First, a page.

From an industry perspective, every event at climate tech NYC this year was packed, and industry vets marveled at the interest shown by job seekers, investors, and media alike. I haven’t been in this space that long myself, but by all accounts from people that have, things most certainly haven’t always been this way. Pat yourself on the back!
As we’ve highlighted throughout this email (and in this newsletter week in and week out), it’s noteworthy that people care about the business of climate and climate tech. Gone are the days of idealism, where people thought consumers could successfully agitate for necessary change by composting, recycling, and hugging trees (to be sure, I’m a fan of all those things). But when corporations’ incentives align with the planet’s flywheels start popping up everywhere. Love it or hate it, in the same way, fossil fuels are still the predominant fuel of our society, capitalism is its dominant system.
I wouldn’t write a Thanksgiving newsletter without getting a tiny bit corny. We can talk about money, policy, and technology all we want, but subtle shifts in consciousness are also a powerful lever for change. To this end, I offer the below passages from a great book, Braiding Sweetgrass, for more perspective on giving thanks for everything around us. Many things are easy to be thankful for when we take a minute and tune in:
I greet you, jar of jam. You glass who once was sand upon the beach, washed back and forth and bathed in foam and seagull cries, but who are formed into a glass until you once again return to the sea… Even the metal of my lamp asks me to consider its roots in the strata of the earth.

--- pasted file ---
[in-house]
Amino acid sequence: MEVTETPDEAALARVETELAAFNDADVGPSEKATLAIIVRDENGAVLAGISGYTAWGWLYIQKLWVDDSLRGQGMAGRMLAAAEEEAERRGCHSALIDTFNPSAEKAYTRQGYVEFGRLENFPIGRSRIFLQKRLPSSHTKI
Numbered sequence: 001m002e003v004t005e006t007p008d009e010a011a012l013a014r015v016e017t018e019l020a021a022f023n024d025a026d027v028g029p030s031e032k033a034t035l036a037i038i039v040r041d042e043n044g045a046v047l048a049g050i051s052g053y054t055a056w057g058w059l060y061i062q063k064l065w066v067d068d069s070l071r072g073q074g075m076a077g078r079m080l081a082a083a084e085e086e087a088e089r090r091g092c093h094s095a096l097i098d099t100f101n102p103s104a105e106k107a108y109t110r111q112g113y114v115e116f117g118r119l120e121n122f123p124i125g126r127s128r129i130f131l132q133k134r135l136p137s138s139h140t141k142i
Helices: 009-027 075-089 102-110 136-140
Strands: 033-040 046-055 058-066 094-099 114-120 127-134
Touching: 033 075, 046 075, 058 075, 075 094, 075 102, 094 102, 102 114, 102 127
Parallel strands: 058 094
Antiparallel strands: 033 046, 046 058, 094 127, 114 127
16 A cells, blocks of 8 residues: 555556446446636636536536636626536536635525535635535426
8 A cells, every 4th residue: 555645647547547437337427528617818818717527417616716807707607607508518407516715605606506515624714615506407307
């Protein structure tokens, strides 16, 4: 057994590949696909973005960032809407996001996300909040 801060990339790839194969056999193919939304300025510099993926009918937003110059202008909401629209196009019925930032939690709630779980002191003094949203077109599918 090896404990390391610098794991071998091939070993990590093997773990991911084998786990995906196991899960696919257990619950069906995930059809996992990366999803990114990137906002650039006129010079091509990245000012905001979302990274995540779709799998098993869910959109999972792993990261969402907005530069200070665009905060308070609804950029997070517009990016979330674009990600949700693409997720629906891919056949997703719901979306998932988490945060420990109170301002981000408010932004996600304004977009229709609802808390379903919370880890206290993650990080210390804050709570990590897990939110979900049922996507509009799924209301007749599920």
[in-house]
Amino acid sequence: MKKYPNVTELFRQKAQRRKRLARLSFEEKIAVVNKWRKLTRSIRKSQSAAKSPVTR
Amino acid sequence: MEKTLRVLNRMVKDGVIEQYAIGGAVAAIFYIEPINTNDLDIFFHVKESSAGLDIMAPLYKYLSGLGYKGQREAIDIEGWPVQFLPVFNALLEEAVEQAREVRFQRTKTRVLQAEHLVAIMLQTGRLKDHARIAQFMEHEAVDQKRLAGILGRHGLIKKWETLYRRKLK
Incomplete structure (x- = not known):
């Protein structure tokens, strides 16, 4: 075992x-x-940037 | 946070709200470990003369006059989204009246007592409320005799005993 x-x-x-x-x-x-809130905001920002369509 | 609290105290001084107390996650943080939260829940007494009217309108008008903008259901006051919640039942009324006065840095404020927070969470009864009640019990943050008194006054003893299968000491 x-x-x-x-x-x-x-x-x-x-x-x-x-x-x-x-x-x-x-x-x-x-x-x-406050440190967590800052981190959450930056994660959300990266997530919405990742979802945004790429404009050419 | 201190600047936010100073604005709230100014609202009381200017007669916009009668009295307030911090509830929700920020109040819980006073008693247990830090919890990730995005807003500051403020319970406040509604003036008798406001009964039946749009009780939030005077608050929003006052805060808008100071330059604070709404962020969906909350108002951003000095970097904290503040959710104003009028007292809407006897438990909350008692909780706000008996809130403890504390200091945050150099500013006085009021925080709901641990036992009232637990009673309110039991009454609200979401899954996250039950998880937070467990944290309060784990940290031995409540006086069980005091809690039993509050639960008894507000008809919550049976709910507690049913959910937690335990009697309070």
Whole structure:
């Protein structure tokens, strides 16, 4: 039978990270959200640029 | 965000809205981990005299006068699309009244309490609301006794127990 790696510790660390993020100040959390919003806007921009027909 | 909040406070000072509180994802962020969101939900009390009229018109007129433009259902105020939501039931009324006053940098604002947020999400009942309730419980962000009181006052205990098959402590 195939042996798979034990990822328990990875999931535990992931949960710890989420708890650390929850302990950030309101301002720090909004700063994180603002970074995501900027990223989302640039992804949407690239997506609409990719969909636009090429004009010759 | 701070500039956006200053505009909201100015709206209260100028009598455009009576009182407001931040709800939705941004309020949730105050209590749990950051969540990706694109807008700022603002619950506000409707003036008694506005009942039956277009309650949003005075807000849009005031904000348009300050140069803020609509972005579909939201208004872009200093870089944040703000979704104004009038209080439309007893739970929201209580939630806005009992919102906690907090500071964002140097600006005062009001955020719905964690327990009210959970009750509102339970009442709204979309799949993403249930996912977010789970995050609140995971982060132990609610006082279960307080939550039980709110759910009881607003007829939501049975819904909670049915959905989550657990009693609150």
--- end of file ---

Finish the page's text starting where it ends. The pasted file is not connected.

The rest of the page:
And still, others are some of the most maligned in our society. Little gets a worse wrap in climate circles than plastic (coal, oil, and natural gas are probably still front runners). Still, it’s been on its own miraculous multi-million-year journey and is a critical component in life-saving innovations that range from medical devices to PPE for hospital workers:
… I notice that my eyes and my thoughts pass quickly over the plastic on my desk. I hardly give the computer a second glance… And yet I mean no disrespect for the diatoms and marine invertebrates who two hundred million years ago lived well and fell to the bottom of an ancient sea, where under great pressure of a shifting earth they became oil that was pumped from the ground to a refinery where it was broken down and then polymerized to make the case of my laptop…
If we all spent a minute every day more consciously appreciating the myriad material pathways required to create the things we hold, society would likely be much less abstracted. If we all understood the ins and outs of water sanitation better, we’d build more water reuse and recycling systems. If we knew how plastic got made and where it ends up after we use it, we’d throw less of it away. If we tracked the thousand mile journey our food often takes to our plate, we’d waste less of it.
Food for thought in addition to all the food you’ll have for Thanksgiving!